The Blog of Awesome Women/ Judy Chicago: Guess Who Came to Dinner?
March 01

The Blog of Awesome Women/ Judy Chicago: Guess Who Came to Dinner?

Judy Chicago set the art world on its ear with “The
Dinner Party,” her mixed media installation made from
traditional women’s crafts—needlework, weaving,
ceramics, china-painting, and plastics. Born Judy Cohen
in Chicago in 1939, she soon left for the burgeoning art
scene in Los Angeles in the early 1960s. After her husband
Jerry Gerowitz died in an automobile accident, Judy
changed her name to Judy Chicago at the prompting of
gallery owner Rolf Nelson. Nelson called her that partially
because of her heavy Midwest accent and partially because
of her strong sense of purpose. At a show at Cal State
Fullerton in 1969, a sign with the following hung at the
front door: Judy Gerowitz hereby divests herself of all
names imposed upon her through male social dominance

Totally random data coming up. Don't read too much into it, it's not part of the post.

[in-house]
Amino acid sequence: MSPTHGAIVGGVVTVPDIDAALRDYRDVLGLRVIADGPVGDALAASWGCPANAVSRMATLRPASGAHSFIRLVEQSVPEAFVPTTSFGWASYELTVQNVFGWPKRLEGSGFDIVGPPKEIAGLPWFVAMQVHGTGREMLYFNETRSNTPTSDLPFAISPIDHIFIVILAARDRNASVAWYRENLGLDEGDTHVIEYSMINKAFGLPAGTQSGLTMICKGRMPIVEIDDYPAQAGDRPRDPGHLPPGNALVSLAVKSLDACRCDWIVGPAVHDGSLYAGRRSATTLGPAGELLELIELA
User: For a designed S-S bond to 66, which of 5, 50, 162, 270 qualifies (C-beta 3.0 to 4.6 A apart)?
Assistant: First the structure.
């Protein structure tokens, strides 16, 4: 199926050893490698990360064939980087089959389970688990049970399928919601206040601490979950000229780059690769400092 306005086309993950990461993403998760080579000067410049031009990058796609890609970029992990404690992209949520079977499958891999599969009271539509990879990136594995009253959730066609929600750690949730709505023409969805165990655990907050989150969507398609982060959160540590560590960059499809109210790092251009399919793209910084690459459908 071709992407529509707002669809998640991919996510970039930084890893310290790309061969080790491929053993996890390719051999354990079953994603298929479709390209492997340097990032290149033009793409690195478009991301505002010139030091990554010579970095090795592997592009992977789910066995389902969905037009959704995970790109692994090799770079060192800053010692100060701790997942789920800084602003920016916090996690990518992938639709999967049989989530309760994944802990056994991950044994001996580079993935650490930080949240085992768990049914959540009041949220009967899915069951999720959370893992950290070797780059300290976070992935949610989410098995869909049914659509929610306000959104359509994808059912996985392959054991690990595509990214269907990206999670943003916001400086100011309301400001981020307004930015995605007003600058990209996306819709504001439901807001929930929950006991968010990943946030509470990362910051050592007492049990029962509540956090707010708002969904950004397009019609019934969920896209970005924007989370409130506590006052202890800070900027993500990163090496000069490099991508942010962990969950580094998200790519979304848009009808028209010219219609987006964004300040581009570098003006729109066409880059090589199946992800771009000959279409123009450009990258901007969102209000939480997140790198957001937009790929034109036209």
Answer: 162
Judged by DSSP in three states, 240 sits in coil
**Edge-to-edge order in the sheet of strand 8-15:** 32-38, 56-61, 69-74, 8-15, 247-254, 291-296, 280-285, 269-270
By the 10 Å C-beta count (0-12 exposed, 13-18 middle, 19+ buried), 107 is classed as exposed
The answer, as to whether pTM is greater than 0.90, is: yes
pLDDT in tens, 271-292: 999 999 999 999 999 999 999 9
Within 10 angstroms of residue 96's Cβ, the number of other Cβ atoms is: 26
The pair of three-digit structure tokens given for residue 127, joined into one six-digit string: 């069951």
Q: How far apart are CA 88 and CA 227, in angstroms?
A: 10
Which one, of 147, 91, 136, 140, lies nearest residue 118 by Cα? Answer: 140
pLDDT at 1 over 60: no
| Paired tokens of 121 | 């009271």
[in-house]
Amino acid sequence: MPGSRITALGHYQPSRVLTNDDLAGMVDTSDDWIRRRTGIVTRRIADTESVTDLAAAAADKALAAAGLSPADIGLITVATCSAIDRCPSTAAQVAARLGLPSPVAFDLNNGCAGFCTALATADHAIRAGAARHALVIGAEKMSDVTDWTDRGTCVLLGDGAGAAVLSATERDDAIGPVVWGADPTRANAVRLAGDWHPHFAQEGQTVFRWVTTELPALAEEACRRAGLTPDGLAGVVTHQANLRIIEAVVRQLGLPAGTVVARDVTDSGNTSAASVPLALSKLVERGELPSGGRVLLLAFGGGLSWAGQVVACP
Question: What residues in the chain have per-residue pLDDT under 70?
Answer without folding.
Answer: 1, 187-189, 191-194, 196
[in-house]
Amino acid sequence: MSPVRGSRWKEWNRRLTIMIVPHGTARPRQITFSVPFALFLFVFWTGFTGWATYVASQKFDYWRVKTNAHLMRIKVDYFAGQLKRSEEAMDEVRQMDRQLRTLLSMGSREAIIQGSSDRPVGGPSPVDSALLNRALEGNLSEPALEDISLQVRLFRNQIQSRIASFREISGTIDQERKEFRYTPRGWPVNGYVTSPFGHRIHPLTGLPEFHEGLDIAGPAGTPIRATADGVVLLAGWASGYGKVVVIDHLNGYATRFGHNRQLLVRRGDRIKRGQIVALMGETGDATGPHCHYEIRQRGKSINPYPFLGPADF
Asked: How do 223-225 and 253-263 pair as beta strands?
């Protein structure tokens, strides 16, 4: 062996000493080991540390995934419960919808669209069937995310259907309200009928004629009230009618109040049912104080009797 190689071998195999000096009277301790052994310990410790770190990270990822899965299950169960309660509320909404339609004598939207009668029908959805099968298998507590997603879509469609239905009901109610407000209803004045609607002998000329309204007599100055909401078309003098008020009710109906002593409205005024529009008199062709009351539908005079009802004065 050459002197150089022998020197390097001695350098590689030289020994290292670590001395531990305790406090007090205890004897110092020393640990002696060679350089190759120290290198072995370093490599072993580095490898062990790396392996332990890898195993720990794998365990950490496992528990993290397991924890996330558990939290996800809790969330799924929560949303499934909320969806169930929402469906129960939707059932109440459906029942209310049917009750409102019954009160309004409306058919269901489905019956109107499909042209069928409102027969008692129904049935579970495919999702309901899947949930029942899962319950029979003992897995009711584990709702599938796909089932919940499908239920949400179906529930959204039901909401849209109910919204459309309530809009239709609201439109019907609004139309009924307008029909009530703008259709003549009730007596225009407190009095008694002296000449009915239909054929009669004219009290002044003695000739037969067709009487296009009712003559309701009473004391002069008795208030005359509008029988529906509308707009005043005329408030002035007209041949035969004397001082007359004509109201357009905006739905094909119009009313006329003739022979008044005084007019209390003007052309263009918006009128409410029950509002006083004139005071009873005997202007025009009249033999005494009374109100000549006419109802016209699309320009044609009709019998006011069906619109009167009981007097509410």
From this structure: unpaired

and freely chooses her own name, Judy Chicago.
Starting in 1973, Chicago began work on “The Dinner
Party,” but soon realized her ambitious art project was
going to require some help and ended up with an army
of huge banners spelling out the names featured on
the forty-eight foot triangular table set with uniquely
designed vulvic plates and sumptuously handmade and
embroidered placemats. Every plate is in honor of a
woman who made a significant contribution to herstory.
The incredibly detailed work of “The Dinner Party” table
shows the research, thoughtfulness, and thoroughness
of the project. The Amazons’ placemat is replete with
labyris, the sacred double-axe, and breastplates, a
crescent moon, and many other minutiae. A total of 999
women are named in Chicago’s opus, with engravings on
triangular (Triple Goddess Power!) ceramic tiles on the
Heritage Floor.


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